Thermosets, or cross-linked polymers, are a class of materials with a permanent molecular architecture.  One of the benefits of thermosets is that they can add additional stability, enhanced strengths, improved elasticity, and reduced creep compared to their linear counterparts. These properties are essential for a wide range of applications in insulators, adhesives, pipes, construction and transportation.

The thermoset industry has been growing dramatically with cross-linked polymers now constituting 15-20% of all polymers produced. However, the same thermomechanical properties responsible for their resistance and robustness prevent them from being recycled or reprocessed, and most thermosets are incinerated or landfilled. The lack of traditional waste management routes, coupled with the higher value potential applications, suggest that degradable cross-linked polymers could offer a more sustainable end-of-life solution.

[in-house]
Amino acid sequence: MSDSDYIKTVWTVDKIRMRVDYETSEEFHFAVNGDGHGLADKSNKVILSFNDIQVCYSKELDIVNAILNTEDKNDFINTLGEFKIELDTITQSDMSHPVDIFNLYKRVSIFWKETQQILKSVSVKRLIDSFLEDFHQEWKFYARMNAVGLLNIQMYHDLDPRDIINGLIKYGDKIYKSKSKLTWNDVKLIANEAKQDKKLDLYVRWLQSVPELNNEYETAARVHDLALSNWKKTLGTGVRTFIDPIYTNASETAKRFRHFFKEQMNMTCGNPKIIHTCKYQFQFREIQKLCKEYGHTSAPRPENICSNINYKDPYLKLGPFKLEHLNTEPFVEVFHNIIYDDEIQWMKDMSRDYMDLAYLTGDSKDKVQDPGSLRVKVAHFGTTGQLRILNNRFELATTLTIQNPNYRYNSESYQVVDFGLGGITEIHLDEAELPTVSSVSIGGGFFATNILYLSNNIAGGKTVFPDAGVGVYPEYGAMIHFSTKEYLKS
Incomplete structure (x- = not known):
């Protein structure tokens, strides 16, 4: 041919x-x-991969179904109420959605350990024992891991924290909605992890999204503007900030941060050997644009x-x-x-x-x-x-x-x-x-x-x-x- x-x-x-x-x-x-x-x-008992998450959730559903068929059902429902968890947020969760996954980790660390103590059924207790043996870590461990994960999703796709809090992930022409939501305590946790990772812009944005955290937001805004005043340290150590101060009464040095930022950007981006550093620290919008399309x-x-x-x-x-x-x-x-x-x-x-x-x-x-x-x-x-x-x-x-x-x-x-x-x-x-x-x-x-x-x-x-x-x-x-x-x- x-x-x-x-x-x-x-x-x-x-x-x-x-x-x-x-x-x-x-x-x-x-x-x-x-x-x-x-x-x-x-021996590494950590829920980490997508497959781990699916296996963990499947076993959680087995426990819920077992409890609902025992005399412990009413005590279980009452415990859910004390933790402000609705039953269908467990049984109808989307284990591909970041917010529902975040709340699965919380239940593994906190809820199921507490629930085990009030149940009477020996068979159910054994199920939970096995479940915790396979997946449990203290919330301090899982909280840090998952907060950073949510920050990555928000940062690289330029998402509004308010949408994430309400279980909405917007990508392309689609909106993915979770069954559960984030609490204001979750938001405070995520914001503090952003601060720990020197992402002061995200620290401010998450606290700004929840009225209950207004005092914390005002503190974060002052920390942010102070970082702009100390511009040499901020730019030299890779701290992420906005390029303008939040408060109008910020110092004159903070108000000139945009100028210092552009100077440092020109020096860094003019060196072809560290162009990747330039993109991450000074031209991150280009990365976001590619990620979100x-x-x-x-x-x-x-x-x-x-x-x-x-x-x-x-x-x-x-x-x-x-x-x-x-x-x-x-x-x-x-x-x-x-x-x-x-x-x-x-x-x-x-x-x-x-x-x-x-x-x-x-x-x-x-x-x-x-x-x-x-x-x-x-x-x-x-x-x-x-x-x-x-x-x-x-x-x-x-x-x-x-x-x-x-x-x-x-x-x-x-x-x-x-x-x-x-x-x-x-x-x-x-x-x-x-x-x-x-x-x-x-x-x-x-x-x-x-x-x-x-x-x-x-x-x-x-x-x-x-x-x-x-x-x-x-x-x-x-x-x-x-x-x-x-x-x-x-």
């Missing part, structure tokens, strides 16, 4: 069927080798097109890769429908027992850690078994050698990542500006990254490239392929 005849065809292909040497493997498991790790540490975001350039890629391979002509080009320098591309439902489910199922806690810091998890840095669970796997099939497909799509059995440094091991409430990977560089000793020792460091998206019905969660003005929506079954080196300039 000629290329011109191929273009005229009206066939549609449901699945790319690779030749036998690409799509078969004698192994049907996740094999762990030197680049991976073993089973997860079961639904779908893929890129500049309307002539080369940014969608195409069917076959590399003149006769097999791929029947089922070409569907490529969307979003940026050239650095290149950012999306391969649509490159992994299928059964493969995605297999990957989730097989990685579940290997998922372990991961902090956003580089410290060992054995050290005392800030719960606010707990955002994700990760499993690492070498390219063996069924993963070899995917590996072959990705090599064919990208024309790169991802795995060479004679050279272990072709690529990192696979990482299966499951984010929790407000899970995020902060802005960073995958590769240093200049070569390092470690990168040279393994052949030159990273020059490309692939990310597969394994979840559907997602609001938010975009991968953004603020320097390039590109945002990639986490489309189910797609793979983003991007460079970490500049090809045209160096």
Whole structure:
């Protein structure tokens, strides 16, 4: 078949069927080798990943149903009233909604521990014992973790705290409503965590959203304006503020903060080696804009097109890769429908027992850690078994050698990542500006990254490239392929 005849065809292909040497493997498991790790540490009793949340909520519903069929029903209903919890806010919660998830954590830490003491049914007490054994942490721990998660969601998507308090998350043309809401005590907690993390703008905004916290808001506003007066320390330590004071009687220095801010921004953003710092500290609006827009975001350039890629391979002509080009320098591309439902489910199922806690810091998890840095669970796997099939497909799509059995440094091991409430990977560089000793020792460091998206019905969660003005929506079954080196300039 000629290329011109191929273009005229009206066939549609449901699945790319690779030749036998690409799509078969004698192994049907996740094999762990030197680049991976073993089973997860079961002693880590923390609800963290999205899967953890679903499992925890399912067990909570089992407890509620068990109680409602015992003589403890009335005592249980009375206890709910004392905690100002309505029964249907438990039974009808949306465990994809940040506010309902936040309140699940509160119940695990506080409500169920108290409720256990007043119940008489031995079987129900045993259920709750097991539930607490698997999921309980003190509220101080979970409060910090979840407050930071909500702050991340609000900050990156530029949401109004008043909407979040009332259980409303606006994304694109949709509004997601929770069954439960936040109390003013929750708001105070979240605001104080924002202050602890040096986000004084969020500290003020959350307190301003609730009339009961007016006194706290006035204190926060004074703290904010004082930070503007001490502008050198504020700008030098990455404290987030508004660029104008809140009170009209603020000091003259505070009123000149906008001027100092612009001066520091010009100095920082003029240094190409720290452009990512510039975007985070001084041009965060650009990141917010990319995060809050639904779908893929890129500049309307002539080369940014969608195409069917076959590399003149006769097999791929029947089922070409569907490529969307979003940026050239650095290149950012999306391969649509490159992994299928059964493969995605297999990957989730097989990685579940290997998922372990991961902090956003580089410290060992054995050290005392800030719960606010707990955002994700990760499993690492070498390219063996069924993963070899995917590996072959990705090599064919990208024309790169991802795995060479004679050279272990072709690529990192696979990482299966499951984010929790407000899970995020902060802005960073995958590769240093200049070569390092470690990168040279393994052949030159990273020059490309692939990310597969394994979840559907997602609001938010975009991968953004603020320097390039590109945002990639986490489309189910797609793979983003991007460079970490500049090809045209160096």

Aliphatic polyesters have been some of the most widely studied compounds as potential degradable materials, yet cross-linking these systems is an under-explored tool that could control polymer fate in polyester resins. The decomposition of labile linkages would enable recovery of the starting compounds or release readily metabolised biodegradable products. For these novel materials to be commercially relevant, it is imperative they match or exceed the properties of their traditional counterparts. The majority of publicly reported degradable cross-linked polyesters are important precedent-setters, but their mechanical properties are often limited to low moduli and high elasticity.

While suitable for the biomedical field, the demanding requirements needed in construction or automotive fields remain elusive.

A team at the University of Manchester has developed a family of crosslinkers for the synthesis of hard, tough, and degradable polyester resins.

The key benefits of these resins are:

  • Degradable: potential to recover monomer precursors and reinforcement agents – carbon fibre or other fillers
  • Cheap and bio-based monomer sources
  • Thermal and mechanical properties comparable to those of commercially available thermosets.